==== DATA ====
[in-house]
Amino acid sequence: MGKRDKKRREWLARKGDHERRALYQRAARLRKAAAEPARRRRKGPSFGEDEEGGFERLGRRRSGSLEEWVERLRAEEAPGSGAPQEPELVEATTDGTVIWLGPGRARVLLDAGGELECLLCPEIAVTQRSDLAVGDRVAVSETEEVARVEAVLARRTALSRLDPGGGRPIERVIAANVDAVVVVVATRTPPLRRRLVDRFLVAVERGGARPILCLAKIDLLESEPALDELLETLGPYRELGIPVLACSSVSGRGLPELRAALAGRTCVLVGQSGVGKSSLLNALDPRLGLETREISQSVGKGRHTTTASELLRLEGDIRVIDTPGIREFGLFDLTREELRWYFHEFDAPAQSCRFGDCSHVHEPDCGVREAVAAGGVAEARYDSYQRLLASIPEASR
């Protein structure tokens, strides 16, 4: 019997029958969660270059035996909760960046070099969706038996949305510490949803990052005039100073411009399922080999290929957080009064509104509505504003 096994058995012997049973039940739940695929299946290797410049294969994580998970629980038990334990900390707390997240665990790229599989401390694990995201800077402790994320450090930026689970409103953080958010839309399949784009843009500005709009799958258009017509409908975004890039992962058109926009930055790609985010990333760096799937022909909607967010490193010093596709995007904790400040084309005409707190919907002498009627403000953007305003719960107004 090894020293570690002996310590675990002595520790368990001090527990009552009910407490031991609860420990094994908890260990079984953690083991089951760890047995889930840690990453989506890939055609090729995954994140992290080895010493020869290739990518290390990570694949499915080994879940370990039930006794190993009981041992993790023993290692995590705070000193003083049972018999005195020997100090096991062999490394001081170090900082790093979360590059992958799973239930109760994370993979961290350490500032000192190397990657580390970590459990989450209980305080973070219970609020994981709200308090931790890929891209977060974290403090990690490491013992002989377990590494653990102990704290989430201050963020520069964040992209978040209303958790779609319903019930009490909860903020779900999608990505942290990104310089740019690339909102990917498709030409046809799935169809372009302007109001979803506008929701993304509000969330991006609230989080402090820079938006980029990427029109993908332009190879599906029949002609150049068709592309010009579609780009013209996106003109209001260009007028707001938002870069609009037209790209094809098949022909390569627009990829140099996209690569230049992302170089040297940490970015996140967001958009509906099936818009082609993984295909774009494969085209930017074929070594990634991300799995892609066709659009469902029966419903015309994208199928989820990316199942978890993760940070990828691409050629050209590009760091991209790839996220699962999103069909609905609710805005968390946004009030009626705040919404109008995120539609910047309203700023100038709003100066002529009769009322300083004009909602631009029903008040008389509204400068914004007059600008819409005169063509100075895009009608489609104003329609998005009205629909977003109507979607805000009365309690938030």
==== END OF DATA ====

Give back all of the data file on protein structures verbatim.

[in-house]
Amino acid sequence: MGKRDKKRREWLARKGDHERRALYQRAARLRKAAAEPARRRRKGPSFGEDEEGGFERLGRRRSGSLEEWVERLRAEEAPGSGAPQEPELVEATTDGTVIWLGPGRARVLLDAGGELECLLCPEIAVTQRSDLAVGDRVAVSETEEVARVEAVLARRTALSRLDPGGGRPIERVIAANVDAVVVVVATRTPPLRRRLVDRFLVAVERGGARPILCLAKIDLLESEPALDELLETLGPYRELGIPVLACSSVSGRGLPELRAALAGRTCVLVGQSGVGKSSLLNALDPRLGLETREISQSVGKGRHTTTASELLRLEGDIRVIDTPGIREFGLFDLTREELRWYFHEFDAPAQSCRFGDCSHVHEPDCGVREAVAAGGVAEARYDSYQRLLASIPEASR
């Protein structure tokens, strides 16, 4: 019997029958969660270059035996909760960046070099969706038996949305510490949803990052005039100073411009399922080999290929957080009064509104509505504003 096994058995012997049973039940739940695929299946290797410049294969994580998970629980038990334990900390707390997240665990790229599989401390694990995201800077402790994320450090930026689970409103953080958010839309399949784009843009500005709009799958258009017509409908975004890039992962058109926009930055790609985010990333760096799937022909909607967010490193010093596709995007904790400040084309005409707190919907002498009627403000953007305003719960107004 090894020293570690002996310590675990002595520790368990001090527990009552009910407490031991609860420990094994908890260990079984953690083991089951760890047995889930840690990453989506890939055609090729995954994140992290080895010493020869290739990518290390990570694949499915080994879940370990039930006794190993009981041992993790023993290692995590705070000193003083049972018999005195020997100090096991062999490394001081170090900082790093979360590059992958799973239930109760994370993979961290350490500032000192190397990657580390970590459990989450209980305080973070219970609020994981709200308090931790890929891209977060974290403090990690490491013992002989377990590494653990102990704290989430201050963020520069964040992209978040209303958790779609319903019930009490909860903020779900999608990505942290990104310089740019690339909102990917498709030409046809799935169809372009302007109001979803506008929701993304509000969330991006609230989080402090820079938006980029990427029109993908332009190879599906029949002609150049068709592309010009579609780009013209996106003109209001260009007028707001938002870069609009037209790209094809098949022909390569627009990829140099996209690569230049992302170089040297940490970015996140967001958009509906099936818009082609993984295909774009494969085209930017074929070594990634991300799995892609066709659009469902029966419903015309994208199928989820990316199942978890993760940070990828691409050629050209590009760091991209790839996220699962999103069909609905609710805005968390946004009030009626705040919404109008995120539609910047309203700023100038709003100066002529009769009322300083004009909602631009029903008040008389509204400068914004007059600008819409005169063509100075895009009608489609104003329609998005009205629909977003109507979607805000009365309690938030």